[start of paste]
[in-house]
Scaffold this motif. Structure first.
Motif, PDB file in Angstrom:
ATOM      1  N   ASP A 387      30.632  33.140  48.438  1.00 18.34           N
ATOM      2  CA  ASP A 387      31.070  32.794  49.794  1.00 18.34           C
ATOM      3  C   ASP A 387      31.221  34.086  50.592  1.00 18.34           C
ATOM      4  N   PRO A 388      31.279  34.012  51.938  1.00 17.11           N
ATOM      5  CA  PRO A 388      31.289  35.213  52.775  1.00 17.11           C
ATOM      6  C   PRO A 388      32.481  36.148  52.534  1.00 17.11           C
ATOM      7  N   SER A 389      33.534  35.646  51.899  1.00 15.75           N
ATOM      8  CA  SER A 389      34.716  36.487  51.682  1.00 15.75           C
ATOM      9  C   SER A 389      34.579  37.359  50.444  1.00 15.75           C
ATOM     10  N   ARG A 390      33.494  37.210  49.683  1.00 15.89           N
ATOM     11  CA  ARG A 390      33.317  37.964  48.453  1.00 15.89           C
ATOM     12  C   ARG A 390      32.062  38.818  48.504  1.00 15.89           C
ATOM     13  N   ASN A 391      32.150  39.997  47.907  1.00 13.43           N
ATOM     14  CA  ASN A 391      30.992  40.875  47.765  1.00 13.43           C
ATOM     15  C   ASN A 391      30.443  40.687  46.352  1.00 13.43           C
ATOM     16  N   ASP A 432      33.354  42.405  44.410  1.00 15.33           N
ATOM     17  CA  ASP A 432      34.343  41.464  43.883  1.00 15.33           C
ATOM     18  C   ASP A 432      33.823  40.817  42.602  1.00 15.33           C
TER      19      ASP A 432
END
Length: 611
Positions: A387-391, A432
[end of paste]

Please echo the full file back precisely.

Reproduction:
[in-house]
Scaffold this motif. Structure first.
Motif, PDB file in Angstrom:
ATOM      1  N   ASP A 387      30.632  33.140  48.438  1.00 18.34           N
ATOM      2  CA  ASP A 387      31.070  32.794  49.794  1.00 18.34           C
ATOM      3  C   ASP A 387      31.221  34.086  50.592  1.00 18.34           C
ATOM      4  N   PRO A 388      31.279  34.012  51.938  1.00 17.11           N
ATOM      5  CA  PRO A 388      31.289  35.213  52.775  1.00 17.11           C
ATOM      6  C   PRO A 388      32.481  36.148  52.534  1.00 17.11           C
ATOM      7  N   SER A 389      33.534  35.646  51.899  1.00 15.75           N
ATOM      8  CA  SER A 389      34.716  36.487  51.682  1.00 15.75           C
ATOM      9  C   SER A 389      34.579  37.359  50.444  1.00 15.75           C
ATOM     10  N   ARG A 390      33.494  37.210  49.683  1.00 15.89           N
ATOM     11  CA  ARG A 390      33.317  37.964  48.453  1.00 15.89           C
ATOM     12  C   ARG A 390      32.062  38.818  48.504  1.00 15.89           C
ATOM     13  N   ASN A 391      32.150  39.997  47.907  1.00 13.43           N
ATOM     14  CA  ASN A 391      30.992  40.875  47.765  1.00 13.43           C
ATOM     15  C   ASN A 391      30.443  40.687  46.352  1.00 13.43           C
ATOM     16  N   ASP A 432      33.354  42.405  44.410  1.00 15.33           N
ATOM     17  CA  ASP A 432      34.343  41.464  43.883  1.00 15.33           C
ATOM     18  C   ASP A 432      33.823  40.817  42.602  1.00 15.33           C
TER      19      ASP A 432
END
Length: 611
Positions: A387-391, A432